email a friend
printable version
Location Tanzania, Arusha
Central coordinates 35o 10.00' East  3o 40.00' South
IBA criteria A1, A4i, A4iii
Area 116,000 ha
Altitude 1,030 m
Year of IBA assessment 2001

Site description Lake Eyasi is the most significant water-body in the Eyasi and Yaida internal catchment basin, which also includes Wembere steppe (site TZ043) and Lake Kitangire (TZ026). The lake lies in a trough between the Mbulu Highlands to the east and south-east and the Ngorongoro Highlands to the north and north-west. It is 80 km long with an average width of 14.5 km and is fed mainly from the south-west, where the Sibiti river flows in from Lake Kitangire. However, only during wet years is this a significant inflow of water. The shallowness of the lake, the low amounts of direct precipitation (around 600 mm per annum) and high rates of evaporation ensure the water is highly alkaline. During years of low rainfall the lake is reduced to a dry soda crust. The escarpment wall to the north-west rises some 800 m, virtually from the shore of the lake, and assists in protecting the western shoreline. To the north-east numerous farms have expanded in recent years exploiting the seasonal streams to grow vegetables.

Key Biodiversity See Box for key species. The lake holds large numbers of waterbirds particularly Phoenicopterus ruber and Phoenicopterus minor. There is a regular, virtually constant, movement of these species and of Mycteria ibis between the lake and Lake Manyara. There is usually sufficient fresh/brackish water to provide habitat for a few Gallinago gallinago and the occasional Calidris temminckii. There are few trees suitable as nest-sites for large waterbirds, but ground-nesting Platalea alba breed on offshore islands. At least two Tanzanian endemics are known from lake-shore habitats. Cosmopsarus unicolor reaches its altitudinal limits to the north of the lake near Mang’ola and Agapornis fischeri was formerly common, at least along the eastern shore. Apalis karamojae frequents Acacia drepanolobium woodland throughout the Eyasi drainage basin, but is extremely local. As yet there are no records from lake-shore habitat. At least one species of the Serengeti plains EBA and 29 species of the Somali–Masai biome have been recorded from the surrounding area (see Tables 2 and 3).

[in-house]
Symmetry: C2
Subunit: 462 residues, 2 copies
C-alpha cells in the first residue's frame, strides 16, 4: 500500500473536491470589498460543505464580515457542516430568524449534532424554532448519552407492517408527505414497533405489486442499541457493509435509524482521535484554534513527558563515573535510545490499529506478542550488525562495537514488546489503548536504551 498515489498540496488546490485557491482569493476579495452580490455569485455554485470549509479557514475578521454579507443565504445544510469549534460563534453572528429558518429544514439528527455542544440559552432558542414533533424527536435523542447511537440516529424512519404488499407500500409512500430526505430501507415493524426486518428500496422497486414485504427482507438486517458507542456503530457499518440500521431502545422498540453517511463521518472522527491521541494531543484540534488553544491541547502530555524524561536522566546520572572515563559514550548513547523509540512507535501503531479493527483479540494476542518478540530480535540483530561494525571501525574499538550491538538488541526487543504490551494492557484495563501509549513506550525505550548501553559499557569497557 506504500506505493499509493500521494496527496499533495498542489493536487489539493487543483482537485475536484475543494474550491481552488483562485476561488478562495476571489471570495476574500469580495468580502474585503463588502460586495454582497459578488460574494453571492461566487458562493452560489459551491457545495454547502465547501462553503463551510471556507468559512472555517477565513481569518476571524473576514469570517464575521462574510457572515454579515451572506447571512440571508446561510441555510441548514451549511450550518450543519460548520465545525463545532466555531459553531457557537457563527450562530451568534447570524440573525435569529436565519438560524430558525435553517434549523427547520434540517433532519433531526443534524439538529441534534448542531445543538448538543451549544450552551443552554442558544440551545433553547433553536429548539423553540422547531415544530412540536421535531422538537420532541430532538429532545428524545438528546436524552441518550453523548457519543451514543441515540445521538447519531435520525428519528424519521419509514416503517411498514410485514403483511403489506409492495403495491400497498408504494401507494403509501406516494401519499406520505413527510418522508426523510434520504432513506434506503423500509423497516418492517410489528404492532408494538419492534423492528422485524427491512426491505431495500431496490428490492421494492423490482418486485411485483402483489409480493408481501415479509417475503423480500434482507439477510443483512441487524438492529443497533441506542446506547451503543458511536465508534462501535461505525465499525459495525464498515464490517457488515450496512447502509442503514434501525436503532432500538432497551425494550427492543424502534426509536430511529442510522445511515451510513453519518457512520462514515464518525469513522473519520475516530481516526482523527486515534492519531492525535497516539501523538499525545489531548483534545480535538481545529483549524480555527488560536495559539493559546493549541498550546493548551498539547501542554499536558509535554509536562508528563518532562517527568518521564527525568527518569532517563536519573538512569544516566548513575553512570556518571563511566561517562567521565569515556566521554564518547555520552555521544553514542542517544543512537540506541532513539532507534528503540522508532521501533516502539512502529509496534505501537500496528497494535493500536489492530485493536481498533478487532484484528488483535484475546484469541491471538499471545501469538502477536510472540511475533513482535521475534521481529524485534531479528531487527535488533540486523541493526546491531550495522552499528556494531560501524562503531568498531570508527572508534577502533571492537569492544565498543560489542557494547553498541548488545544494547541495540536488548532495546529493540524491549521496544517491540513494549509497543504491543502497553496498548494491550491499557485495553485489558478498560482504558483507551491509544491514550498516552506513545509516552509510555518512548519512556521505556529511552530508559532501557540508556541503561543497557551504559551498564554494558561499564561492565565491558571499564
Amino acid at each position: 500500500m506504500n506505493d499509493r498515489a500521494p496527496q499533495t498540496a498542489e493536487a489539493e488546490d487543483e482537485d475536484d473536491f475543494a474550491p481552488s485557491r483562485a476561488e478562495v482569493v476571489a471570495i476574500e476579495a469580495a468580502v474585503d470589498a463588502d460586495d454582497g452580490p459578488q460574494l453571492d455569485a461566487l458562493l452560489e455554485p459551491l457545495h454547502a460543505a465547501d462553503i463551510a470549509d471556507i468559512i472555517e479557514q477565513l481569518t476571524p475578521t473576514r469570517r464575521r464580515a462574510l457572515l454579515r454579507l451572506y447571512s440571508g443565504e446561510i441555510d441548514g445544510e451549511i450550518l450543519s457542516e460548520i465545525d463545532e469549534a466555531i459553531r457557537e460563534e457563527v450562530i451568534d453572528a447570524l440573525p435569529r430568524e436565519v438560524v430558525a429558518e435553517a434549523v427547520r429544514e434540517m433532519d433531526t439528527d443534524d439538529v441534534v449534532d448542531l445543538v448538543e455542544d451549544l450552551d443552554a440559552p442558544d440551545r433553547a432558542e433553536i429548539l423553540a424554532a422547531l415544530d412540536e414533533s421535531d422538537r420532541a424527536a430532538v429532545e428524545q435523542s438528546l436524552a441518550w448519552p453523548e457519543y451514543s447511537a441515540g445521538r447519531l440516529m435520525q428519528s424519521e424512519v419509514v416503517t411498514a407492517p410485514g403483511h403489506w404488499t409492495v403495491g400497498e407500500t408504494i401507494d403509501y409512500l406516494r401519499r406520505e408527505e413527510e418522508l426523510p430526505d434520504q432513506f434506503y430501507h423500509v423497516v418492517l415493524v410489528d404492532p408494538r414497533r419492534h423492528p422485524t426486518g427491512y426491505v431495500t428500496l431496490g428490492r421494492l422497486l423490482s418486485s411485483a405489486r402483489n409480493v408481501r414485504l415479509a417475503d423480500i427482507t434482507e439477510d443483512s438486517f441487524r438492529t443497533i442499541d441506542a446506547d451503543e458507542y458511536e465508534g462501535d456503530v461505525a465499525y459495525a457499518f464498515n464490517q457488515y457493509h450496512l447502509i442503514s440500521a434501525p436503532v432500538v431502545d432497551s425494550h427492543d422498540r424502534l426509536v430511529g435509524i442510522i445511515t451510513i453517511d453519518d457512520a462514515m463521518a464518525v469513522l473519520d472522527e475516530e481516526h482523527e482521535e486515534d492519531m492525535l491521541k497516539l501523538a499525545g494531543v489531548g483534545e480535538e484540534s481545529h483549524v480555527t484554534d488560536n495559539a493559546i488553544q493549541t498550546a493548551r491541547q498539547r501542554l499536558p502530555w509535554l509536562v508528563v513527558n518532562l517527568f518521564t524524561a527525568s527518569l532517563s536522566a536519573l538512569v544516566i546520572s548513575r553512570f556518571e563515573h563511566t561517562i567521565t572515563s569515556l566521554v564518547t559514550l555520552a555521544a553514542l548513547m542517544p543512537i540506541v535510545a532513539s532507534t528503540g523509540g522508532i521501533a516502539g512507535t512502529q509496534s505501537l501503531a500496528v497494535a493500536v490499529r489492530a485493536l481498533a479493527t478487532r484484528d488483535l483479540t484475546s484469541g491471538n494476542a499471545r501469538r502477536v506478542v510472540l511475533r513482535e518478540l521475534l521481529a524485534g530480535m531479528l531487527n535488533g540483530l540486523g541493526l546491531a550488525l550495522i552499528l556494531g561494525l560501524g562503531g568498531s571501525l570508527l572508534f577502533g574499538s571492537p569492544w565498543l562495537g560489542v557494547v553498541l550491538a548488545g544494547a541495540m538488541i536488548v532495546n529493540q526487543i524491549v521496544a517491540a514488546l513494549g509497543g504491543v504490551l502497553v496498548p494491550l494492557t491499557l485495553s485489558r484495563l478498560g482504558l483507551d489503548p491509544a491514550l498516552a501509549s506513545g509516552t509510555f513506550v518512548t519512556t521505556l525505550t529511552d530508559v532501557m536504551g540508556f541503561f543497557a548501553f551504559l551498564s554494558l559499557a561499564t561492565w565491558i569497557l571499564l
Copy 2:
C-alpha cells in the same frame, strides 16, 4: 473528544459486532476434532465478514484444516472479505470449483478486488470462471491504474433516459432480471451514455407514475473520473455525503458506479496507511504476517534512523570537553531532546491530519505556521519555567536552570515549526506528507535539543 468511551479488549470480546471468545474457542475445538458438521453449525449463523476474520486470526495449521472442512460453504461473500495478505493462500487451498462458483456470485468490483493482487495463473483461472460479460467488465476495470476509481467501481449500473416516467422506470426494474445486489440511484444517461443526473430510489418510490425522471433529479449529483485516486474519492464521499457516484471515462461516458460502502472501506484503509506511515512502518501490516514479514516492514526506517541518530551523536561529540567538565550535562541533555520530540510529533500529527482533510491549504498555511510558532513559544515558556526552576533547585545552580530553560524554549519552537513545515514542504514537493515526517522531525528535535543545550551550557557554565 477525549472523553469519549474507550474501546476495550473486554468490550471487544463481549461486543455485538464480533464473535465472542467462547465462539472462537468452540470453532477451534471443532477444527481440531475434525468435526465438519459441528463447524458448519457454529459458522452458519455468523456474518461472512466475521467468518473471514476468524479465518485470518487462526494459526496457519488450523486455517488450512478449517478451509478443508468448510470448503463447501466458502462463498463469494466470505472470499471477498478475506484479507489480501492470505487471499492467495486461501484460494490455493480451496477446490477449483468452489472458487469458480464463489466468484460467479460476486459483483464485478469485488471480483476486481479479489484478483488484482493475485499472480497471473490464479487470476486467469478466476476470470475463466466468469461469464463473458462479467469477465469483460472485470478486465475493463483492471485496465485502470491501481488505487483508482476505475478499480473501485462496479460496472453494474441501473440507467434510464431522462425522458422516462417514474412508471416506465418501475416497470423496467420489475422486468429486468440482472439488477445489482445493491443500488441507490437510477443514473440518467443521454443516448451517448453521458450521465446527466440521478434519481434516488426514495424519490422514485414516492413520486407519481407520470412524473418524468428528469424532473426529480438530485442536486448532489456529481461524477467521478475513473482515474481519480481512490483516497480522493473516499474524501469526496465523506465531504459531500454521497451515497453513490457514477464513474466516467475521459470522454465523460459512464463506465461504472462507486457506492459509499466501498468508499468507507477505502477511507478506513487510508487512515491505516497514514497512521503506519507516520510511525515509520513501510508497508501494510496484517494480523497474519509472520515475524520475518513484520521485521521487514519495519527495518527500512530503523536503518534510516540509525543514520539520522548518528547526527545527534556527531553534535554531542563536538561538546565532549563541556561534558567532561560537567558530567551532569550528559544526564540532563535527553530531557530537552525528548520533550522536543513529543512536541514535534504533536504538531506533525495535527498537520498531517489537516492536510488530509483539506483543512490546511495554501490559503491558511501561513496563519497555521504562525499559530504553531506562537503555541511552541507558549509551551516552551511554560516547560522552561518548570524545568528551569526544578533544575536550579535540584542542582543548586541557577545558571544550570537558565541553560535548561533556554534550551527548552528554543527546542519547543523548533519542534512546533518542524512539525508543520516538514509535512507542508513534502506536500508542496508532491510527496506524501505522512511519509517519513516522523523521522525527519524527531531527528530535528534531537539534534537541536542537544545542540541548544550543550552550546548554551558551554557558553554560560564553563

Non-bird biodiversity: None known to BirdLife International.

Populations of IBA trigger species

Species Season Period Population estimate Quality of estimate IBA Criteria IUCN Category
Greater Flamingo Phoenicopterus roseus winter  1995  50,000 individuals  A4i  Least Concern 
Lesser Flamingo Phoeniconaias minor winter  1995  700,000 individuals  A1, A4i  Near Threatened 
Yellow-billed Stork Mycteria ibis winter  1995  11,072 individuals  A4i  Least Concern 
African Spoonbill Platalea alba winter  1995  2,850 individuals  A4i  Least Concern 
Great White Pelican Pelecanus onocrotalus winter  1995  15,831 individuals  A4i  Least Concern 
Pied Avocet Recurvirostra avosetta winter  1995  2,002 individuals  A4i  Least Concern 
Grey-headed Gull Larus cirrocephalus winter  1995  3,954 individuals  A4i  Least Concern 
Fischer's Lovebird Agapornis fischeri resident  2000  present  A1  Near Threatened 
A4iii Species group - waterbirds winter  1995  500,000-999,999 individuals  unknown  A4iii   

Protected areas

Protected area Designation Area (ha) Relationship with IBA Overlap with IBA (ha)  
Ngorongoro Conservation Area World Heritage Site 809,440 protected area overlaps with site 16,886  


IUCN habitat Habitat detail Extent (% of site)
Artificial - terrestrial   11%
Wetlands (inland)   75%
Grassland   13%

Land use

Land-use Extent (% of site)
agriculture -
forestry -

References Baker (1993, 1997), Elliot (1983), Rose and Scott (1997).

Contribute  Please click here to help BirdLife conserve the world's birds - your data for this IBA and others are vital for helping protect the environment.

Recommended citation  BirdLife International (2016) Important Bird and Biodiversity Area factsheet: Lake Eyasi. Downloaded from on 23/10/2016

To provide new information to update this factsheet or to correct any errors, please email BirdLife